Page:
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I have a simple statement about sequences I have proven. I am asking for help to see if this statement and proof are correct. If statement is correct, is there simpler way proving it? Huge thanks!!!! Here it is:

Statement: ${\{a_n}\}$ is a Cauchy sequence in R. Let $S_K = \{x=d(a_m,a_n)/m,n>K,K\in N\}$. Here $d(\cdot,\cdot)$ is a distance metric. Also $S_{K+1}\subset S_K $.

Prove: if ${\{a_n}\}$ diverges, then $\exists\epsilon>0\ni\forall K[\forall x\in S_K(x\geq\epsilon)]$. In words, if the sequence diverges then all the distances are larger then certain $\epsilon$.


(1) By Cauchy criterion: if $\{a_n\}$ diverges then $\exists\epsilon>0\ni \forall K \exists m,n\geq K \implies d(a_m,a_n)\geq\epsilon $. Rewriting this statement in terms of $S_K$: if $\{a_n\}$ diverges then $\exists\epsilon>0\ni \forall K \exists x\in S_K \implies x\geq\epsilon $. It follows then that $\exists\epsilon>0\ni \forall K (\sup S_K \geq\epsilon)$

(2)To prove the main statement we have to show that:

$\forall x \in S_1 \exists V\ni x\geq \sup S_V$. (aaa)

Take an arbitrary $x\in S_1$, first notice that $\exists U \ni x\in S_U\subset S_1$. There are two ways in which (aaa) is not true. (1) x is smallest element $\implies \bigcap{_{n\in N}}S_n = {\{x\}}$ which is not true since $n\rightarrow\infty $ and intersection should be empty. (2) $\forall S_K(S_K\subset S_U$ and $x\notin S_K)$ has no supremum which contradicts Least Upper Bound property of real numbers. Hence (aaa) is correct and main statement is true.

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There is a basic problem in your question: first you state that your sequence is Cauchy, and than that it diverges. – Martin Argerami Feb 18 '12 at 22:17
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The correct assertion is $$ \{a_n\} \mbox{ diverges if and only if there exists }\varepsilon>0 \mbox{ such that}\sup S_K>\varepsilon \mbox{ for all } K. $$

Note that since the sequence $\{\sup S_K\}$ is non-increasing and non-negative, $\displaystyle\lim_{K\to\infty}\sup S_K$ always exists. So the assertion to be proven is simply that the sequence is Cauchy if and only if the sequence $\{\sup S_K\}$ is convergent.

To prove this, notice that if $\{a_n\}$ diverges, then there exists $\varepsilon>0$ such that, for every $K\in\mathbb{N}$, there exist $m,n>K$ such that $d(a_m,a_n)>\varepsilon$; in other words, $\sup S_K>\varepsilon$. As $K$ was arbitrary, $\sup S_K\geq\varepsilon$ for all $K$.

Conversely, if $\{a_n\}$ converges, then it is Cauchy. Fix $\varepsilon>0$; then there exists $K$ such that $d(a_n,a_m)<\varepsilon$ for all $n,m>K$; in other words, $\sup S_K<\varepsilon$. As the sequence is monotone, this shows that $\sup S_{K'}<\varepsilon$ for all $K'>K$. That is, $\displaystyle\lim_{K\to\infty}\sup S_K=0$.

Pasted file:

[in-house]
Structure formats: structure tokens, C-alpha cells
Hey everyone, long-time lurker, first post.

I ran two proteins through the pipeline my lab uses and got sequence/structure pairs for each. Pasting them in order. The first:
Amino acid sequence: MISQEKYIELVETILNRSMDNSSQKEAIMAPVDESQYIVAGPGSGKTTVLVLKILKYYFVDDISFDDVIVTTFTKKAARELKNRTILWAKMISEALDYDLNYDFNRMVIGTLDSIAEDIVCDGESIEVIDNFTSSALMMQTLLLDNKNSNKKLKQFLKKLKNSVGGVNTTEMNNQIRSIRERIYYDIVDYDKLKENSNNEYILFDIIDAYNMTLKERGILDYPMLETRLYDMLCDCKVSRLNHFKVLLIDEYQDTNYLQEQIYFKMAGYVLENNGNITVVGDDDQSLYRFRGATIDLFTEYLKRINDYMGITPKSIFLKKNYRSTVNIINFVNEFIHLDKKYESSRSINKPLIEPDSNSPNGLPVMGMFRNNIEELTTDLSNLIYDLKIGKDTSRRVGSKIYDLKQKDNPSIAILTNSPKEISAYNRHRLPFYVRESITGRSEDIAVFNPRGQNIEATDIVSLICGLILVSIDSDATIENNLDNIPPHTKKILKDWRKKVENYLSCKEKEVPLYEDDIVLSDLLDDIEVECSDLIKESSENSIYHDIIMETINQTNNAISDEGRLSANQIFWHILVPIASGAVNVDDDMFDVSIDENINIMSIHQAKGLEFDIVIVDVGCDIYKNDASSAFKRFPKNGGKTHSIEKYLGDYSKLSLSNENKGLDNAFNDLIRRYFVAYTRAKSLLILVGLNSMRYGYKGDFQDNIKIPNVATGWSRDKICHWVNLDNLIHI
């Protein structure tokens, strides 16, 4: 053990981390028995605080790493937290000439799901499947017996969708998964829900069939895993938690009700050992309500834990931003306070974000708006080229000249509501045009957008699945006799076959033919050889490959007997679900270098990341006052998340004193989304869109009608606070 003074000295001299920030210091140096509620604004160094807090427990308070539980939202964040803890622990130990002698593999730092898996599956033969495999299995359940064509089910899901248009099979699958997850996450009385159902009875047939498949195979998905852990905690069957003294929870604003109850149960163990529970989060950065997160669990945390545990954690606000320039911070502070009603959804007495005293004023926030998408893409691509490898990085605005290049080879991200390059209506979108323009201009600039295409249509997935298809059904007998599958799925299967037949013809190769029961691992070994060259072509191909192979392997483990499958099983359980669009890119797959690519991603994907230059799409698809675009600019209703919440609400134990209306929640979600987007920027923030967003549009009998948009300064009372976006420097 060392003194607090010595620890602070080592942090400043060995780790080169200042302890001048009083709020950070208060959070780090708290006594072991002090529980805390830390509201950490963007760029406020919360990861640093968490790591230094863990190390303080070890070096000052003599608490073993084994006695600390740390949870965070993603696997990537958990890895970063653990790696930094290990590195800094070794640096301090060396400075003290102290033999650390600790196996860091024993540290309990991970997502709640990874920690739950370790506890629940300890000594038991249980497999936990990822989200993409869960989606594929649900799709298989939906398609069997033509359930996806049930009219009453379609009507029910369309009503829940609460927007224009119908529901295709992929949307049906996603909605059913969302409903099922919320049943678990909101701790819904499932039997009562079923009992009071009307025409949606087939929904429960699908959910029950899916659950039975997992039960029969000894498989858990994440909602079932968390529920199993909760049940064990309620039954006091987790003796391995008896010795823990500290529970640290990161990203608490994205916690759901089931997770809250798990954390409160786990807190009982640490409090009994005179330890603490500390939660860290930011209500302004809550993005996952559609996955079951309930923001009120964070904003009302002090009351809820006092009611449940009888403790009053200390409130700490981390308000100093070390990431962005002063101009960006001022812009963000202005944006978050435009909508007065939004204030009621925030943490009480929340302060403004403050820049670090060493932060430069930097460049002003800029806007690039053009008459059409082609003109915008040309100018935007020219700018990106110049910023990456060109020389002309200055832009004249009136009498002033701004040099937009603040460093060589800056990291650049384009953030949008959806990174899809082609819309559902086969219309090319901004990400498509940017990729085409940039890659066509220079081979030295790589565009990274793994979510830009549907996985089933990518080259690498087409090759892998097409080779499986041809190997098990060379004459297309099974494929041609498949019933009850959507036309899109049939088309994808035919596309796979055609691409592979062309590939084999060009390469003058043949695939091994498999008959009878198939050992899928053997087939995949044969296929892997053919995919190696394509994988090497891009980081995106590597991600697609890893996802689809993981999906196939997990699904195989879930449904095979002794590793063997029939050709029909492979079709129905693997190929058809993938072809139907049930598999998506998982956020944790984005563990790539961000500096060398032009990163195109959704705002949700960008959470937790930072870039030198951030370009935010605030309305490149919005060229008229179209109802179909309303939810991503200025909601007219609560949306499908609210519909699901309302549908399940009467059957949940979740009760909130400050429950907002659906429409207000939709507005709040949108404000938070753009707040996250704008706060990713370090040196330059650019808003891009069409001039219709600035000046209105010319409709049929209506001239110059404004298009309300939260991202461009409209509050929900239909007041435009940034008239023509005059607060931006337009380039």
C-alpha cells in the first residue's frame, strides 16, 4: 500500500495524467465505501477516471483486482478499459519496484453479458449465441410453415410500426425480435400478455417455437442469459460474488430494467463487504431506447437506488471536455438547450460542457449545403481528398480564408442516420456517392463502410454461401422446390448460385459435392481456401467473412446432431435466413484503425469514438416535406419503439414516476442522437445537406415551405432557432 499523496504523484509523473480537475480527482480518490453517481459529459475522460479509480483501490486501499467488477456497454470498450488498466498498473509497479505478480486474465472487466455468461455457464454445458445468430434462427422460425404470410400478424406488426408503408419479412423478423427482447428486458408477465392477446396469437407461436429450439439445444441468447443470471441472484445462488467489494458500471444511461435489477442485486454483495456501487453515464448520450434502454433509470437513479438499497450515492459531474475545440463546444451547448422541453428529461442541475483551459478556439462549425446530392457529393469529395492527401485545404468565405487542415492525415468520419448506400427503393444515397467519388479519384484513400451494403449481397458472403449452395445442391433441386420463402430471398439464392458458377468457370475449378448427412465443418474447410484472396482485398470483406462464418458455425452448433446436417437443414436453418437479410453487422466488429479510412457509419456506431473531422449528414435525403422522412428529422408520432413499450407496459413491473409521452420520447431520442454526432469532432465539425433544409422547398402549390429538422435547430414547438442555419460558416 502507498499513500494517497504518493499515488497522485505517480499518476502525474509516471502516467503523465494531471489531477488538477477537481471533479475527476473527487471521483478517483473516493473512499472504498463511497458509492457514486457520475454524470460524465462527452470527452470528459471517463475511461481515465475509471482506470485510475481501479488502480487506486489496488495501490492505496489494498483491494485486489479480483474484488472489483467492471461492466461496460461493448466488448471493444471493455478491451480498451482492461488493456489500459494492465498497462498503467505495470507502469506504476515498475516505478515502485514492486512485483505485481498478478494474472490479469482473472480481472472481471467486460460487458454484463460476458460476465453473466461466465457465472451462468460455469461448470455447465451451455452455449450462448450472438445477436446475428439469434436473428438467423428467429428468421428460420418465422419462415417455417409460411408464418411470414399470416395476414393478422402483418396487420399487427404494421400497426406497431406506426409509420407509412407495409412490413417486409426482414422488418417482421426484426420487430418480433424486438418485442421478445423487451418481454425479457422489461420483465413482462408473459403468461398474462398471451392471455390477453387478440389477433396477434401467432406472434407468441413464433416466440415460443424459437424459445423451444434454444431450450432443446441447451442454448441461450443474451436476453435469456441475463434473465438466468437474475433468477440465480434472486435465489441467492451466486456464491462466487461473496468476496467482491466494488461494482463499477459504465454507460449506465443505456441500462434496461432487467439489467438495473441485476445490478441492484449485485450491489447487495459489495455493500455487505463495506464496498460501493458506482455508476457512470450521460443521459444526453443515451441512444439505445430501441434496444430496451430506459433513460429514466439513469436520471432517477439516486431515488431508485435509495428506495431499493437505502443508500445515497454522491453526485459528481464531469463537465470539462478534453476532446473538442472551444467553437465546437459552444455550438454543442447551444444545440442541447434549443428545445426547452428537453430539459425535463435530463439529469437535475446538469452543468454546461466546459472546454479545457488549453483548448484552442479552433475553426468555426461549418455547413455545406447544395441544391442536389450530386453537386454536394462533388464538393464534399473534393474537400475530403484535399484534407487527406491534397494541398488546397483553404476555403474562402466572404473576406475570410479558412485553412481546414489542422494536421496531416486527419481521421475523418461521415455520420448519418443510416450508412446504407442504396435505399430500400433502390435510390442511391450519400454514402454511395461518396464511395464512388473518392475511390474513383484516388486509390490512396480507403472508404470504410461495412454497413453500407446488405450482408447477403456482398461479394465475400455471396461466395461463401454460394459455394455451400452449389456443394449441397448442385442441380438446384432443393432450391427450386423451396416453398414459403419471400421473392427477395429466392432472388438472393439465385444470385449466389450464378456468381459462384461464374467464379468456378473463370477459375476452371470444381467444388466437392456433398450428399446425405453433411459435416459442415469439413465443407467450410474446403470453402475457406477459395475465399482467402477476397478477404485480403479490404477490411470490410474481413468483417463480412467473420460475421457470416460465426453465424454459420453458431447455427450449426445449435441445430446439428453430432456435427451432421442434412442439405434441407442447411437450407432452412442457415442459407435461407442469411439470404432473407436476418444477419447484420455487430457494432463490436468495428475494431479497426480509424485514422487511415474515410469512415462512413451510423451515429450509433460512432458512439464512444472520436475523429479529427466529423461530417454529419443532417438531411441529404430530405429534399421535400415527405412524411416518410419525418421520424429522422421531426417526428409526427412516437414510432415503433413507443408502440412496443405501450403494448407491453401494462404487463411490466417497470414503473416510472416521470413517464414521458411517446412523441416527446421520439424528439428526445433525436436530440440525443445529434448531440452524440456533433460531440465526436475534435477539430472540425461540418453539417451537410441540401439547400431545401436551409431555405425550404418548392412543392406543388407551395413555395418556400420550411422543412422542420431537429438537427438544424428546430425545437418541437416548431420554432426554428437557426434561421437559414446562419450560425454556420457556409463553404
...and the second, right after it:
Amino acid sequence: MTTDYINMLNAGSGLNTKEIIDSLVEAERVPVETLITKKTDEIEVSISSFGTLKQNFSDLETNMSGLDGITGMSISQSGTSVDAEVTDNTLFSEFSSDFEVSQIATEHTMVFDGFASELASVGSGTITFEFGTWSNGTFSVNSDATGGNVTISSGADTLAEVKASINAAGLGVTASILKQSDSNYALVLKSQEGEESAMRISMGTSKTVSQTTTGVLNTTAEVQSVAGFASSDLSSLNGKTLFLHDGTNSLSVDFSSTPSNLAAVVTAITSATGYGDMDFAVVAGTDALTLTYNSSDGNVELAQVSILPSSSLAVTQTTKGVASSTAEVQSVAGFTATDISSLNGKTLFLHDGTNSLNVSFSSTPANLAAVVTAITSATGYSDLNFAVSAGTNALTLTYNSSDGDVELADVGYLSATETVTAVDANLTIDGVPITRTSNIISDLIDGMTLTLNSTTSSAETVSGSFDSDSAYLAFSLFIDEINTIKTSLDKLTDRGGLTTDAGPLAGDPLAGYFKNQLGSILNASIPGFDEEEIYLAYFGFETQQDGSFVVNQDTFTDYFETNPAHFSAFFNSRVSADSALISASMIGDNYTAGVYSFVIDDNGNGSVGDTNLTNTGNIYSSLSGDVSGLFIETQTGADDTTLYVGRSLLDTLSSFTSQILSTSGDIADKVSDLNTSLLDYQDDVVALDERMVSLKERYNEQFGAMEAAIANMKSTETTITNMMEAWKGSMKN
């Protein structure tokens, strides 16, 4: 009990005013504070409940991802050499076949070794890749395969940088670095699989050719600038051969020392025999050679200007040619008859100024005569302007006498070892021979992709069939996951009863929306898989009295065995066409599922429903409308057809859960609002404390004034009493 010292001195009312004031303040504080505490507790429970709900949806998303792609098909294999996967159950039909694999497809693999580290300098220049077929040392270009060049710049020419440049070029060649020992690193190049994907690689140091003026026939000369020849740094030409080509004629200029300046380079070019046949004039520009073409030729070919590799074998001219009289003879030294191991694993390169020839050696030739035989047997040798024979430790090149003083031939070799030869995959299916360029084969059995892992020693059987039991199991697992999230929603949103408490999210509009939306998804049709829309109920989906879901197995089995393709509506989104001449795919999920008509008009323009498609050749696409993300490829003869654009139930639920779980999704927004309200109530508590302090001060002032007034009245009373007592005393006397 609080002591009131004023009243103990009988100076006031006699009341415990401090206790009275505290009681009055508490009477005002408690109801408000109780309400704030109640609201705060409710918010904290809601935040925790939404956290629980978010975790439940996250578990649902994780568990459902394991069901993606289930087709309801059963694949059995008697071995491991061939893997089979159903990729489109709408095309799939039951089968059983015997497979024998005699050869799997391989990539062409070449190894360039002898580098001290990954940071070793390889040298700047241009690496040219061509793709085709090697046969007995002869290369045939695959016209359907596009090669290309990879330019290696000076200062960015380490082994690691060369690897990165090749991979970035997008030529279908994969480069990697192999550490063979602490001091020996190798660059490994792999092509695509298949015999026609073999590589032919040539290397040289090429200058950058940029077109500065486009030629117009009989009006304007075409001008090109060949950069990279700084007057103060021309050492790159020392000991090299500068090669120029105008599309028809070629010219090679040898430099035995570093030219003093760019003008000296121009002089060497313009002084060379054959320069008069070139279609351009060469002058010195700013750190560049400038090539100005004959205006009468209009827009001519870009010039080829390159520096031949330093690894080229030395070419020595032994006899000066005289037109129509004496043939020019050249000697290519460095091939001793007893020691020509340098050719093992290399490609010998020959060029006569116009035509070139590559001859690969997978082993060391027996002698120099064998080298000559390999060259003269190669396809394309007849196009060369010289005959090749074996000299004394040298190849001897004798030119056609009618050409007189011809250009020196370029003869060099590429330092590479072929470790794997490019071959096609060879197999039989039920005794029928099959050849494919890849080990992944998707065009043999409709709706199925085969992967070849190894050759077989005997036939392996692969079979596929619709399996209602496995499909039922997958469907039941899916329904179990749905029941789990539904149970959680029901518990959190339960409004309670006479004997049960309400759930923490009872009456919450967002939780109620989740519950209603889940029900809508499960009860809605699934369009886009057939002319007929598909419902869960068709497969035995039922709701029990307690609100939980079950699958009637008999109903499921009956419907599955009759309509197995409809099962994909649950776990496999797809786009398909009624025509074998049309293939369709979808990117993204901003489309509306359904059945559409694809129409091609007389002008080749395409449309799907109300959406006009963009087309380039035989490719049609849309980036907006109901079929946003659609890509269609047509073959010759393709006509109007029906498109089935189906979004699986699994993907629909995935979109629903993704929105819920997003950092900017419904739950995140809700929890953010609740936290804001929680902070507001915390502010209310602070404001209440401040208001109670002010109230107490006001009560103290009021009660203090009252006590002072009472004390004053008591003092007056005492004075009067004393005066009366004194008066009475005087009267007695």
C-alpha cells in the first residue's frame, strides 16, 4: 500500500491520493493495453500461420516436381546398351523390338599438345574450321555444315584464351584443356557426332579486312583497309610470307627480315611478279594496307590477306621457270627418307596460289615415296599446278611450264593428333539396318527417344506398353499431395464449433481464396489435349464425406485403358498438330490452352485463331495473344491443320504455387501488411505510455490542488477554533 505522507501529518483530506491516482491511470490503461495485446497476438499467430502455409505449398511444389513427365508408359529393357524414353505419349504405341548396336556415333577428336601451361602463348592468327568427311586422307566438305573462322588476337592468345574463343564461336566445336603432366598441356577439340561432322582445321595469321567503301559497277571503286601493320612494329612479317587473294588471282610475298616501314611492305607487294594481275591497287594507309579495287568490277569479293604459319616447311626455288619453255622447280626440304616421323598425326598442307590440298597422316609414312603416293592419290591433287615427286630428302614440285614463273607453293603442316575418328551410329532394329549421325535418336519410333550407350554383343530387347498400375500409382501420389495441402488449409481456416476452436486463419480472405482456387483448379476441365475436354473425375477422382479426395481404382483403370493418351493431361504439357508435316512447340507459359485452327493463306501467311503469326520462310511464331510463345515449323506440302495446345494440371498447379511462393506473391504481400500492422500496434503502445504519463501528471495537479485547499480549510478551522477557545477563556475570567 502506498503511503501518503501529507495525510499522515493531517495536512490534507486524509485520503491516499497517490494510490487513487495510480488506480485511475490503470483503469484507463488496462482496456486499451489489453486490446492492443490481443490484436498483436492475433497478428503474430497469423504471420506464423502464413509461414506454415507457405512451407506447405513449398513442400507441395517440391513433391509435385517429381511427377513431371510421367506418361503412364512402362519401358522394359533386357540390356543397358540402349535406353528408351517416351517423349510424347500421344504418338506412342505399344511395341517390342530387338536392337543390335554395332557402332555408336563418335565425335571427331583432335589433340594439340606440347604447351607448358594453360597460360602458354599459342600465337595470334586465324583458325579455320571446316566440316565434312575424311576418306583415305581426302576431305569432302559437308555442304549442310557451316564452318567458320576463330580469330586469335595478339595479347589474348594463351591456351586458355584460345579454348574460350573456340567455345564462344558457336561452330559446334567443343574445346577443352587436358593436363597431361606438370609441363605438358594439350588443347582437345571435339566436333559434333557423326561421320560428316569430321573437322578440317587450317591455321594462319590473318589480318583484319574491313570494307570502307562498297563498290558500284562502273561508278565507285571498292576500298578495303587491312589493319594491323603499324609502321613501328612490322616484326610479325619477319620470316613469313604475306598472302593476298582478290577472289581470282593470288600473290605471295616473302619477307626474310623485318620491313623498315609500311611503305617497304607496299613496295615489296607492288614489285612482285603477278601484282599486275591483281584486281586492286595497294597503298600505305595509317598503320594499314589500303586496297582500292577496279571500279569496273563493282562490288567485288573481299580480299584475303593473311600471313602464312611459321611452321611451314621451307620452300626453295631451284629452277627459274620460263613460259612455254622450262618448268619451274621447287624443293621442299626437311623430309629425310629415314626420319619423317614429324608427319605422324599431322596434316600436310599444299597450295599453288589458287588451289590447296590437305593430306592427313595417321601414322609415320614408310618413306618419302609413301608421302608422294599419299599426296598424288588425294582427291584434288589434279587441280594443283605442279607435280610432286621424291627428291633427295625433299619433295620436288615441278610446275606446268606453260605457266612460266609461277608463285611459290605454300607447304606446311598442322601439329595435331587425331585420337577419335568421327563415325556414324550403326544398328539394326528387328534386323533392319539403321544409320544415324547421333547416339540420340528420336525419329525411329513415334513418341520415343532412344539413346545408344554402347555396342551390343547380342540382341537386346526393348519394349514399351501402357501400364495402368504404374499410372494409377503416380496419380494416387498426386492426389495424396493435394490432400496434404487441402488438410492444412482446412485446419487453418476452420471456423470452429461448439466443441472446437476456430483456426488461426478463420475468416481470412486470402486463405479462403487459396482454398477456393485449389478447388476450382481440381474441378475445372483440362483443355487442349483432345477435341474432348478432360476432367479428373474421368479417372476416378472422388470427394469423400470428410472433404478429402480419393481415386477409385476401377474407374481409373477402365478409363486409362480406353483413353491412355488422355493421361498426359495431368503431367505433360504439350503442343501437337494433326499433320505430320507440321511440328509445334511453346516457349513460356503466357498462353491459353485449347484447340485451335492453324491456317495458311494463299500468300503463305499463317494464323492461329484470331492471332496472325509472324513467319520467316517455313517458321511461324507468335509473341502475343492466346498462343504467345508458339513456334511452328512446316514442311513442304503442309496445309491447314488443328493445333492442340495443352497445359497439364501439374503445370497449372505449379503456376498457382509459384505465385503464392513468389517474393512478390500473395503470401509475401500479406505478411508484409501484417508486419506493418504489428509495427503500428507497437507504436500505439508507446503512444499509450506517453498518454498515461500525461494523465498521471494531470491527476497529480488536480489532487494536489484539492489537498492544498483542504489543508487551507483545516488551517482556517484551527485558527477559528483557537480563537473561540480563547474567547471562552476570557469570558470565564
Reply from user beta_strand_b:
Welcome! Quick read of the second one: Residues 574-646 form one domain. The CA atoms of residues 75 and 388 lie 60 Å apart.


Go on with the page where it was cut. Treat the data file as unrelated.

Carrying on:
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No, that is not the assertion to be proved. The assertion is that if the sequence diverges, then there is $\epsilon>0$ such that every pair of terms are at least $\epsilon$ apart. This is obviously false. – Brian M. Scott Feb 19 '12 at 0:09
Ah, I totally agree with that. I read "$\sup S_K>\varepsilon$ for all $K$". – Martin Argerami Feb 19 '12 at 0:14
@Martin: thanks a lot for the explanation, one point I cant get my head around, if supSk>ε for all K, doesn't it mean every x in Sk is also > ε, since you can find 'u' such that x>supSu > ε? There must be wrong link in my logic, I cant find it! – Leon Feb 19 '12 at 11:53
@Leon: it might help you understand if you replace "sup" with "max". In any case, for example $\sup[0,1)=1$; no point in the set is $>1$. – Martin Argerami Feb 19 '12 at 14:05

It's not true that $\bigcap{_{n\in N}}S_n$ should be empty. For instance, every second term might be equal to the previous term; then $0$ would be in all $S_n$.

If I may offer some advice: You may want to focus slightly less on formal logical manipulations and slightly more on developing intuition and checking examples. It's easy to make an error in a formal derivation of this length; that happens to everyone once in a while. However, intuition and examples can help guide your formal work and help you check and correct it when it's gone astray. In the present case, it's easy to see that the statement can't be true because it's easy to come up with counterexamples. Even just a sequence that starts off with a distance of $0$ and then diverges any way it likes is a counterexample. By thinking about examples and tuning your intuition on them, you can avoid such mistakes much more easily than by just trying to ensure that all your formal steps are correct.

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I don't think there are counterexamples to the assertion in the question. You say "even just a sequence that starts off with a distance of 0 and then diverges any way it likes is a counterexample"; for such a sequence, it is true that there exists $\varepsilon>0$ such that, for every $K$, $\sup S_K\geq\varepsilon$. – Martin Argerami Feb 18 '12 at 23:01
@Martin: There certainly are counterexamples, and joriki has correctly described a large class of them. You misread the assertion in the problem. – Brian M. Scott Feb 19 '12 at 0:07
@Brian: yes, you are right. – Martin Argerami Feb 19 '12 at 0:15
@Martin:I admit, my love of formalism led me astray :-). Part (2) of the proof is incorrect, more then that, you can easily draw a pictorial representation of the sequence, value of the sequence member vs its count number in the sequence that will disprove the statement! The best you can do is make conclusions about suprema behaviour as you have shown! Thanks! – Leon Feb 20 '12 at 7:44

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